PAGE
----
“Community development is a structured intervention that gives communities greater control over the conditions that affect their lives. This does not solve all the problems faced by a local community, but it does build up confidence to tackle such problems as effectively as any local action can. Community development works at the level of local groups and organisations rather than with individuals or families. The range of local groups and organisations representing communities at local level constitutes the community sector. Community development is a skilled process and part of its approach is the belief that communities cannot be helped unless they themselves agree to this process. Community development has to look both ways: not only at how the community is working at the grass roots, but also at how responsive key institutions are to the needs of local communities”. Community development (CD) is a broad term applied to the practices and academic disciplines of civic leaders, activists, involved citizens and professionals to improve various aspects of local communities.
Community development seeks to empower individuals and groups of people by providing these groups with the skills they need to affect change in their own communities. These skills are often concentrated around building political power through the formation of large social groups working for a common agenda. Community developers must understand both how to work with individuals and how to affect communities’ positions within the context of larger social institutions. There are complementary definitions of community development.
The Community Development Challenge report, which was produced by a working party comprising leading UK organisations in the field (including Community Development Foundation, Community Development Exchange and the Federation of Community Development Learning) defines community development as: “A set of values and practices which plays a special role in overcoming poverty and disadvantage, knitting society together at the grass roots and deepening democracy. There is a CD profession, defined by national occupational standards and a body of theory and experience going back the best part of a century.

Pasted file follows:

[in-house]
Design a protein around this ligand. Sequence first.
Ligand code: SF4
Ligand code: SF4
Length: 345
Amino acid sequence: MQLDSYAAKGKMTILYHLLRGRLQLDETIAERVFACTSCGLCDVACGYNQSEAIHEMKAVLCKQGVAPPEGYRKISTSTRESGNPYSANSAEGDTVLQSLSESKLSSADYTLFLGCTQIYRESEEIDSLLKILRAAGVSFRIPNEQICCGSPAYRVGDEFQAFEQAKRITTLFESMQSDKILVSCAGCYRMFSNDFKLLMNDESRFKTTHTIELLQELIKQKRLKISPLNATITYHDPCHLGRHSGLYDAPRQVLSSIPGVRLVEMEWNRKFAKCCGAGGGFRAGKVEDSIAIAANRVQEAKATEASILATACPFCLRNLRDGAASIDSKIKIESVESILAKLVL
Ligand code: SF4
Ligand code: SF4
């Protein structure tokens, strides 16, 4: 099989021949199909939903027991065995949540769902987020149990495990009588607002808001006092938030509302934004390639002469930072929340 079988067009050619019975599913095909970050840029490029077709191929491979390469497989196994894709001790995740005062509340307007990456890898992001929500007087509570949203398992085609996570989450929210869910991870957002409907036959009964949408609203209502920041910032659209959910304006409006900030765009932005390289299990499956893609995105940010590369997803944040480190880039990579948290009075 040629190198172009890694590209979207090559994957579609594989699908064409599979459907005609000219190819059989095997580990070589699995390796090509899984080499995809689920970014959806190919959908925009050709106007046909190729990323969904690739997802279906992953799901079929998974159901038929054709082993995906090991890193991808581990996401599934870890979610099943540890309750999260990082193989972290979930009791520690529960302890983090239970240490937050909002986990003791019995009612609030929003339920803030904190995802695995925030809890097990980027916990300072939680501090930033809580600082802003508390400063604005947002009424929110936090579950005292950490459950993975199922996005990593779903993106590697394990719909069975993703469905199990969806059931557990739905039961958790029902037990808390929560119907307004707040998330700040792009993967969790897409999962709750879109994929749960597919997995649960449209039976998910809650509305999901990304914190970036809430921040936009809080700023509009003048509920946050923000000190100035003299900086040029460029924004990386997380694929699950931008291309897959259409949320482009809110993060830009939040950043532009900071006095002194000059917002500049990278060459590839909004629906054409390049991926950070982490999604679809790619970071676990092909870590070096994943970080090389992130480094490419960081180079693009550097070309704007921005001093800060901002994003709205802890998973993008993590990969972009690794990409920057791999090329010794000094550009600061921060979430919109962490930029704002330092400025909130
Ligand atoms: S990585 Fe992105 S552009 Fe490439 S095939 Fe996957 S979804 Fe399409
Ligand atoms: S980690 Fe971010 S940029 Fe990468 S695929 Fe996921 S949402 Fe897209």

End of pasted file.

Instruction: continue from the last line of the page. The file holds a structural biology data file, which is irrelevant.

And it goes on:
There are active citizens who use CD techniques on a voluntary basis, and there are also other professions and agencies which use a CD approach or some aspects of it. ” STEPS FOR DEVELOPMENT PROCESS 1. Realize that the goal is to learn to depend on one another within the community. Outside consultants can be extremely valuable, but the community’s goal should be to learn to help itself. 2. Form a working group. Recruit members representing a cross section of the community, the more diverse the better. This will help to establish two-way communications across multiple lines that will be the basis of your network. . Identify community stakeholders. These are people, institutions or organizations whose own well-being will rise and fall with that of the community. They’ll be concerned and enthusiastic allies. 4. Do an honest assessment of your community. What needs improvement and where does your potential lie? Objective consultants are particularly good at helping with this task. 5. State your purpose. Set goals. What do you intend to accomplish? 6. Develop a detailed plan of action, but be prepared to modify it as necessary as you go along. 7. Implement the plan. Don’t let it sit on the shelf.
Plans are easier to write than to execute. Once you’ve planned your work, work your plan. 8. Review and evaluate periodically throughout the process. 9. Celebrate success! Let those who are doing the work know that they are appreciated for their efforts. Praise their success among your group, their peers, and in the media. 10. Number 10, do it again. Start another project. Community development is never finished. There’s always another worthwhile project waiting for someone to recognize it and make it happen. Pursue community development vigorously and be amazed at what you can accomplish!
ROLE OF A COMMUNITY WORKER A community development worker works with particular communities in order to collectively bring about social change and improve quality of life. They work with individuals, families or whole communities to empower them to: * identify their needs, opportunities, rights and responsibilities; * plan what they want to achieve, and take appropriate action; * develop activities and services to improve their lives. Community development workers often act as a link between communities and local government and other statutory bodies.
They are frequently involved in addressing inequalities, and projects often target communities perceived to be disadvantaged, for example due to race, economic circumstances or geography. Typical work activities Community development work seeks to engage communities actively in making sense of the issues which affect their lives, setting goals for improvement and taking action through empowerment and participative processes. A good deal of the work is project-based, which means that community development workers usually have a specific geographical community or social group they focus on.